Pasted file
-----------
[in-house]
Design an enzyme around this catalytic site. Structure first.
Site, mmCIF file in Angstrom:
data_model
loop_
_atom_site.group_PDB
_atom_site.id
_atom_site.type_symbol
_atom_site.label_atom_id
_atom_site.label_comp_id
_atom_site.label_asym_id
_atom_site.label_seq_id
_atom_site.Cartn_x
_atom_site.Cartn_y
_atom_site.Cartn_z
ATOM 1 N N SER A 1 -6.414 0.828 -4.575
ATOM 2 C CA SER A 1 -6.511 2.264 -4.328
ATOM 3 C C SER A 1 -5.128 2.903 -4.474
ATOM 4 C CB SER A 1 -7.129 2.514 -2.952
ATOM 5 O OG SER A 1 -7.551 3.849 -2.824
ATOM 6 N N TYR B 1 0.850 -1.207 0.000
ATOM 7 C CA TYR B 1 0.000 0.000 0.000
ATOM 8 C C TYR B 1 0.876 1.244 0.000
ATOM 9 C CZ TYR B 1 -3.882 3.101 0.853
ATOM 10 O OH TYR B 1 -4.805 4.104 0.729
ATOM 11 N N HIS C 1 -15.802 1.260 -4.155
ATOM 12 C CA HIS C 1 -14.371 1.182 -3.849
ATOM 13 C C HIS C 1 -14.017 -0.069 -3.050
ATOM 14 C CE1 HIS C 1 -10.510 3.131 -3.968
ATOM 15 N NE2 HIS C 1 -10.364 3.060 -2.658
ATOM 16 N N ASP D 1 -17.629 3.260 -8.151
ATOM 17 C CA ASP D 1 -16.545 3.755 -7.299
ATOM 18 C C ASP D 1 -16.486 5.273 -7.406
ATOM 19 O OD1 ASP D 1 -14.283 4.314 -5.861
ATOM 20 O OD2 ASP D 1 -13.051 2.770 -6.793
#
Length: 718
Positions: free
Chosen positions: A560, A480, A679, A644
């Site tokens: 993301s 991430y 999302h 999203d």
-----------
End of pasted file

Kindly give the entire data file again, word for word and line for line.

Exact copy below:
[in-house]
Design an enzyme around this catalytic site. Structure first.
Site, mmCIF file in Angstrom:
data_model
loop_
_atom_site.group_PDB
_atom_site.id
_atom_site.type_symbol
_atom_site.label_atom_id
_atom_site.label_comp_id
_atom_site.label_asym_id
_atom_site.label_seq_id
_atom_site.Cartn_x
_atom_site.Cartn_y
_atom_site.Cartn_z
ATOM 1 N N SER A 1 -6.414 0.828 -4.575
ATOM 2 C CA SER A 1 -6.511 2.264 -4.328
ATOM 3 C C SER A 1 -5.128 2.903 -4.474
ATOM 4 C CB SER A 1 -7.129 2.514 -2.952
ATOM 5 O OG SER A 1 -7.551 3.849 -2.824
ATOM 6 N N TYR B 1 0.850 -1.207 0.000
ATOM 7 C CA TYR B 1 0.000 0.000 0.000
ATOM 8 C C TYR B 1 0.876 1.244 0.000
ATOM 9 C CZ TYR B 1 -3.882 3.101 0.853
ATOM 10 O OH TYR B 1 -4.805 4.104 0.729
ATOM 11 N N HIS C 1 -15.802 1.260 -4.155
ATOM 12 C CA HIS C 1 -14.371 1.182 -3.849
ATOM 13 C C HIS C 1 -14.017 -0.069 -3.050
ATOM 14 C CE1 HIS C 1 -10.510 3.131 -3.968
ATOM 15 N NE2 HIS C 1 -10.364 3.060 -2.658
ATOM 16 N N ASP D 1 -17.629 3.260 -8.151
ATOM 17 C CA ASP D 1 -16.545 3.755 -7.299
ATOM 18 C C ASP D 1 -16.486 5.273 -7.406
ATOM 19 O OD1 ASP D 1 -14.283 4.314 -5.861
ATOM 20 O OD2 ASP D 1 -13.051 2.770 -6.793
#
Length: 718
Positions: free
Chosen positions: A560, A480, A679, A644
């Site tokens: 993301s 991430y 999302h 999203d």